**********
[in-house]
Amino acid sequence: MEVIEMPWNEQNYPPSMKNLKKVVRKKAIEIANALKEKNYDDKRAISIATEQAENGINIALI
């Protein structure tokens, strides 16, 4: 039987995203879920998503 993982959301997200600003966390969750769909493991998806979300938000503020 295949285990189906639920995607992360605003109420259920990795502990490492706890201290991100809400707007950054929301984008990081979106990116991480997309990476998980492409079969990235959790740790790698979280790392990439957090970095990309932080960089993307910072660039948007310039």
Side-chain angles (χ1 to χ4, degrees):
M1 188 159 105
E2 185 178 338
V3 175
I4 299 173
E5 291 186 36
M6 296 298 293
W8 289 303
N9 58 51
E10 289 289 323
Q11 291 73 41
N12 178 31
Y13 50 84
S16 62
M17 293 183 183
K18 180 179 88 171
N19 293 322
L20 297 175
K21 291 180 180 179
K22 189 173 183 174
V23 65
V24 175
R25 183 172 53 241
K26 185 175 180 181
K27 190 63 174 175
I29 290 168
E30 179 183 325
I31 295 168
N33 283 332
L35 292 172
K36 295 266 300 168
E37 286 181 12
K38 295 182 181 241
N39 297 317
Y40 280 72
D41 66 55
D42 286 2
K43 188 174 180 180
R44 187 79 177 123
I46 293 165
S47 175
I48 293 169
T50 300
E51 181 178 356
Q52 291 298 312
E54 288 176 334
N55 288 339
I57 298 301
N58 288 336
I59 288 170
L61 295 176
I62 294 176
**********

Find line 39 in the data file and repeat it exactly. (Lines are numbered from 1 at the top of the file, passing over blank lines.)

D41 66 55